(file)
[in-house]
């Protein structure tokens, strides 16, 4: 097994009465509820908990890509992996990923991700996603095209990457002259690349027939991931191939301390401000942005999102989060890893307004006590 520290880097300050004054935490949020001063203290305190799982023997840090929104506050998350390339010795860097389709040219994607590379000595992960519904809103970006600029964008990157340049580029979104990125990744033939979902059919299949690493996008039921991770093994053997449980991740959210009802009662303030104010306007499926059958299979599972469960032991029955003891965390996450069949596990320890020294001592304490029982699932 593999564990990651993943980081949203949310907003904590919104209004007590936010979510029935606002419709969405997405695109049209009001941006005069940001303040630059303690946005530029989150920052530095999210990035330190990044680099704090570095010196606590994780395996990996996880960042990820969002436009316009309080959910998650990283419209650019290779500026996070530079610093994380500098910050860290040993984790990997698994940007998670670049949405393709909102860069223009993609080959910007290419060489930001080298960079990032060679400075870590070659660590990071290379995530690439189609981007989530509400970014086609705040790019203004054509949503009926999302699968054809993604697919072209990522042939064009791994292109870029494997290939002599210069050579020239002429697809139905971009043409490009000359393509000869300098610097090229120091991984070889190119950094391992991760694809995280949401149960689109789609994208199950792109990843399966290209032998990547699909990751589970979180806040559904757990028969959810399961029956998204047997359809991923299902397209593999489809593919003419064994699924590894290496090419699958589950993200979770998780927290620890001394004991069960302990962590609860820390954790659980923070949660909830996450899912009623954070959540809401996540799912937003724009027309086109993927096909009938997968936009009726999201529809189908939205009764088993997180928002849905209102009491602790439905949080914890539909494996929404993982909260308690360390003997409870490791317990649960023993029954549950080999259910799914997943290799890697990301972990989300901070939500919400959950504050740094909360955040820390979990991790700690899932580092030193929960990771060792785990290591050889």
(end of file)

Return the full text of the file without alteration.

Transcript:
[in-house]
């Protein structure tokens, strides 16, 4: 097994009465509820908990890509992996990923991700996603095209990457002259690349027939991931191939301390401000942005999102989060890893307004006590 520290880097300050004054935490949020001063203290305190799982023997840090929104506050998350390339010795860097389709040219994607590379000595992960519904809103970006600029964008990157340049580029979104990125990744033939979902059919299949690493996008039921991770093994053997449980991740959210009802009662303030104010306007499926059958299979599972469960032991029955003891965390996450069949596990320890020294001592304490029982699932 593999564990990651993943980081949203949310907003904590919104209004007590936010979510029935606002419709969405997405695109049209009001941006005069940001303040630059303690946005530029989150920052530095999210990035330190990044680099704090570095010196606590994780395996990996996880960042990820969002436009316009309080959910998650990283419209650019290779500026996070530079610093994380500098910050860290040993984790990997698994940007998670670049949405393709909102860069223009993609080959910007290419060489930001080298960079990032060679400075870590070659660590990071290379995530690439189609981007989530509400970014086609705040790019203004054509949503009926999302699968054809993604697919072209990522042939064009791994292109870029494997290939002599210069050579020239002429697809139905971009043409490009000359393509000869300098610097090229120091991984070889190119950094391992991760694809995280949401149960689109789609994208199950792109990843399966290209032998990547699909990751589970979180806040559904757990028969959810399961029956998204047997359809991923299902397209593999489809593919003419064994699924590894290496090419699958589950993200979770998780927290620890001394004991069960302990962590609860820390954790659980923070949660909830996450899912009623954070959540809401996540799912937003724009027309086109993927096909009938997968936009009726999201529809189908939205009764088993997180928002849905209102009491602790439905949080914890539909494996929404993982909260308690360390003997409870490791317990649960023993029954549950080999259910799914997943290799890697990301972990989300901070939500919400959950504050740094909360955040820390979990991790700690899932580092030193929960990771060792785990290591050889």